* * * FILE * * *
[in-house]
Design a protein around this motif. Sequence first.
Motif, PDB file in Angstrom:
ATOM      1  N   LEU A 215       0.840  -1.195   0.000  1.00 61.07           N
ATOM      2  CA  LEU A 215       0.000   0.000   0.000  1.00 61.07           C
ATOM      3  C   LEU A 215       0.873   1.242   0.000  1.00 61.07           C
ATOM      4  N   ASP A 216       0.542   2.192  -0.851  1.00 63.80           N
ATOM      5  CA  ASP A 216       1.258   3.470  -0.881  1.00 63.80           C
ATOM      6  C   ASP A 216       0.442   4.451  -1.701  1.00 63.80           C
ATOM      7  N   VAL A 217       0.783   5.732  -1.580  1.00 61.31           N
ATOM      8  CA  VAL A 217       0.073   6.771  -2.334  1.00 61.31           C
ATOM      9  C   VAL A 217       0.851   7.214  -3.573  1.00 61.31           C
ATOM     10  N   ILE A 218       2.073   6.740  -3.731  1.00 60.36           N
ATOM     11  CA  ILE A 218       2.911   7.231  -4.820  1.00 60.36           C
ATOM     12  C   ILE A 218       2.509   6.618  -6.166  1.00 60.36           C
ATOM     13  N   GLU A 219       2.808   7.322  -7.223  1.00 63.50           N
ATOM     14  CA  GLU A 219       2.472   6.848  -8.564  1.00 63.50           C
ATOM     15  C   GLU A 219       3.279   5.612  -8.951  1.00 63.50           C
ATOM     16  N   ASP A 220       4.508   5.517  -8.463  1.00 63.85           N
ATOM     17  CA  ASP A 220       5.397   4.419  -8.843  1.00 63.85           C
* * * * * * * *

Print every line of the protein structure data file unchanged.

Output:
[in-house]
Design a protein around this motif. Sequence first.
Motif, PDB file in Angstrom:
ATOM      1  N   LEU A 215       0.840  -1.195   0.000  1.00 61.07           N
ATOM      2  CA  LEU A 215       0.000   0.000   0.000  1.00 61.07           C
ATOM      3  C   LEU A 215       0.873   1.242   0.000  1.00 61.07           C
ATOM      4  N   ASP A 216       0.542   2.192  -0.851  1.00 63.80           N
ATOM      5  CA  ASP A 216       1.258   3.470  -0.881  1.00 63.80           C
ATOM      6  C   ASP A 216       0.442   4.451  -1.701  1.00 63.80           C
ATOM      7  N   VAL A 217       0.783   5.732  -1.580  1.00 61.31           N
ATOM      8  CA  VAL A 217       0.073   6.771  -2.334  1.00 61.31           C
ATOM      9  C   VAL A 217       0.851   7.214  -3.573  1.00 61.31           C
ATOM     10  N   ILE A 218       2.073   6.740  -3.731  1.00 60.36           N
ATOM     11  CA  ILE A 218       2.911   7.231  -4.820  1.00 60.36           C
ATOM     12  C   ILE A 218       2.509   6.618  -6.166  1.00 60.36           C
ATOM     13  N   GLU A 219       2.808   7.322  -7.223  1.00 63.50           N
ATOM     14  CA  GLU A 219       2.472   6.848  -8.564  1.00 63.50           C
ATOM     15  C   GLU A 219       3.279   5.612  -8.951  1.00 63.50           C
ATOM     16  N   ASP A 220       4.508   5.517  -8.463  1.00 63.85           N
ATOM     17  CA  ASP A 220       5.397   4.419  -8.843  1.00 63.85           C